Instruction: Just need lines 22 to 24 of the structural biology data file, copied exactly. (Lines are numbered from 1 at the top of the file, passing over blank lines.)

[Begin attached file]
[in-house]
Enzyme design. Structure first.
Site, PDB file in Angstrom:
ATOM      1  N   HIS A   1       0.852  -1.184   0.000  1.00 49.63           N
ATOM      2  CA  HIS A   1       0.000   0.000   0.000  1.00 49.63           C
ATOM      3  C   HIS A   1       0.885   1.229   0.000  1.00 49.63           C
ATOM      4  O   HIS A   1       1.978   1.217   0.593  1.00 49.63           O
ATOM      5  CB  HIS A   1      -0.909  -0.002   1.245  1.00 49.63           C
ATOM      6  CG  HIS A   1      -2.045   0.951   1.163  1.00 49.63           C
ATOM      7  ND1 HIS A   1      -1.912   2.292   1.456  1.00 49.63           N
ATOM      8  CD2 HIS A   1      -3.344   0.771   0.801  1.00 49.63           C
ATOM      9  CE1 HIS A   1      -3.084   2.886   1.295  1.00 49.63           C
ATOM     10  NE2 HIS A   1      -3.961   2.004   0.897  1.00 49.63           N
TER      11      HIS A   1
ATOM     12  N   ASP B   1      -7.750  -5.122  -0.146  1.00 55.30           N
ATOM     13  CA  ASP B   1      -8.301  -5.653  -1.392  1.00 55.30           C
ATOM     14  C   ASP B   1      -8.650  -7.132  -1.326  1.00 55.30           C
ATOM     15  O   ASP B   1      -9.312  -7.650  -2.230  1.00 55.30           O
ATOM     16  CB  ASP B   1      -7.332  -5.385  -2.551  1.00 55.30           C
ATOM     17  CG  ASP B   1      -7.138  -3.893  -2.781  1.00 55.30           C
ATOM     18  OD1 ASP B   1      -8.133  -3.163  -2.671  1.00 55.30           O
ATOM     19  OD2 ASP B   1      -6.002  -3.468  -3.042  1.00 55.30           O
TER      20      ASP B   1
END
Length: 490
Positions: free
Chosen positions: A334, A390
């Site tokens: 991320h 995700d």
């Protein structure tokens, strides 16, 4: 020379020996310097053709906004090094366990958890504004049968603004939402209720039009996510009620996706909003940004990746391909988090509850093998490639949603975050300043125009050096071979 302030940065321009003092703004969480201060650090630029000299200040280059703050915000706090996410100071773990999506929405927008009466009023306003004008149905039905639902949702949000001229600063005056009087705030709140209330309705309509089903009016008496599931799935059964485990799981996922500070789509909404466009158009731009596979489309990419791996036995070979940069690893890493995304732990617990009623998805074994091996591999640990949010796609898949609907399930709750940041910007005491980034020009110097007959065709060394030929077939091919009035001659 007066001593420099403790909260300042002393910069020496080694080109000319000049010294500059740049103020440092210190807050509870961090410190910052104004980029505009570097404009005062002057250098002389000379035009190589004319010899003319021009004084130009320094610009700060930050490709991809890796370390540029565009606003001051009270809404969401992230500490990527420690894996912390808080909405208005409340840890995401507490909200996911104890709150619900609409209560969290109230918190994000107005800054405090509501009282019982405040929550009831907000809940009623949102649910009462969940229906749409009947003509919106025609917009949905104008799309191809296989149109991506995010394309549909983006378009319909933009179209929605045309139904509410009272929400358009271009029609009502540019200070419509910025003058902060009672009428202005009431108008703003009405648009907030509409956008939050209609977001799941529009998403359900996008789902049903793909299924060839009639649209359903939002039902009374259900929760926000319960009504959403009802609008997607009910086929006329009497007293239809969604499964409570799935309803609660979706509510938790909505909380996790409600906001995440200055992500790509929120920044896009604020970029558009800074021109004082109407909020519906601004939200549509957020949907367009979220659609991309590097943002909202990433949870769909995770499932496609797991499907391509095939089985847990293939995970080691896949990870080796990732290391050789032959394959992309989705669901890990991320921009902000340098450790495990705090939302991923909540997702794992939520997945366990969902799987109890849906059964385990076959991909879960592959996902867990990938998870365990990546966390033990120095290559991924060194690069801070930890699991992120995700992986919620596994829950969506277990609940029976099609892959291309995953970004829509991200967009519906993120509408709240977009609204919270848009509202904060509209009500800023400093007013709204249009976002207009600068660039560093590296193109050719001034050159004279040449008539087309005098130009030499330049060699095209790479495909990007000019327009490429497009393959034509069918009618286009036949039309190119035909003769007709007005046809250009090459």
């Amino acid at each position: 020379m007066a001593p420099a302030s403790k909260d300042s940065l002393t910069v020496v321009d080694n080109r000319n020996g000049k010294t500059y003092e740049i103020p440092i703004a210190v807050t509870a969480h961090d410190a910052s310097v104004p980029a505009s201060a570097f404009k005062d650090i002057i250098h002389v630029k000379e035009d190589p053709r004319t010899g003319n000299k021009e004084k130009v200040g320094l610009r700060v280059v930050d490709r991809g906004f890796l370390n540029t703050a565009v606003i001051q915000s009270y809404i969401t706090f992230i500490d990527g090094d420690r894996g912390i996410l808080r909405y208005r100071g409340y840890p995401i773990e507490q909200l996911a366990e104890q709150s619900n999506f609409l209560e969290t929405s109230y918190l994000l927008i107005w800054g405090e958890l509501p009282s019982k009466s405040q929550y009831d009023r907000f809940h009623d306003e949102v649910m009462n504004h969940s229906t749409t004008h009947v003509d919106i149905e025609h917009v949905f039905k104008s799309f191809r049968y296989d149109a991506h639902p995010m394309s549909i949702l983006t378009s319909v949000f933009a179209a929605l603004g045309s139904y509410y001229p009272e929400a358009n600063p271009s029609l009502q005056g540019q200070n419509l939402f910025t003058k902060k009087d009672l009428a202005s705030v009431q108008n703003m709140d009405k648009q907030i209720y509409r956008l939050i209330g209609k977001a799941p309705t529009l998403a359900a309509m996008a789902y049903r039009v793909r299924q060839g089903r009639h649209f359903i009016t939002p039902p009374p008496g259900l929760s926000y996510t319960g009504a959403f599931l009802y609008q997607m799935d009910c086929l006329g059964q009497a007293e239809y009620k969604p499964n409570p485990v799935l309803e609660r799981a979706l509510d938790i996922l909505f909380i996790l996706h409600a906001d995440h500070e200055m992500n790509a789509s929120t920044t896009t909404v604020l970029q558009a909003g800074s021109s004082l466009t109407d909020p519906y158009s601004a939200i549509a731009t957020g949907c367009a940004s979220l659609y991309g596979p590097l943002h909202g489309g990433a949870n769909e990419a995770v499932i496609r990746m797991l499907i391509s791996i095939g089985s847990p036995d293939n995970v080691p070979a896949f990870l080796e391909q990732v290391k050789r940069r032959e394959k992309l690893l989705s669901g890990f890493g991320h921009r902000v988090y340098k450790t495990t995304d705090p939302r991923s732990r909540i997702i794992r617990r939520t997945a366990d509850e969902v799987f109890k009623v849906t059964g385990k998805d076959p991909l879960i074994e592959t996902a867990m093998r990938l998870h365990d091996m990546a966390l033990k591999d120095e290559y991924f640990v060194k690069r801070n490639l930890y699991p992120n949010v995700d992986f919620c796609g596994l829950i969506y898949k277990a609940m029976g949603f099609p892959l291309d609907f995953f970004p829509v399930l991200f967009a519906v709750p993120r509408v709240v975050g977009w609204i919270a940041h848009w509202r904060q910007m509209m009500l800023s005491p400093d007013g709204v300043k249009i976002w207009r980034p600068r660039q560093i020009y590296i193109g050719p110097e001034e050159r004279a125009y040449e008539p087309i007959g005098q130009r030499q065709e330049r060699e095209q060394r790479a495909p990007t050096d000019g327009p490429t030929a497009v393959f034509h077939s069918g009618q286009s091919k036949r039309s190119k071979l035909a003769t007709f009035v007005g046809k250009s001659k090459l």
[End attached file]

ATOM     19  OD2 ASP B   1      -6.002  -3.468  -3.042  1.00 55.30           O
TER      20      ASP B   1
END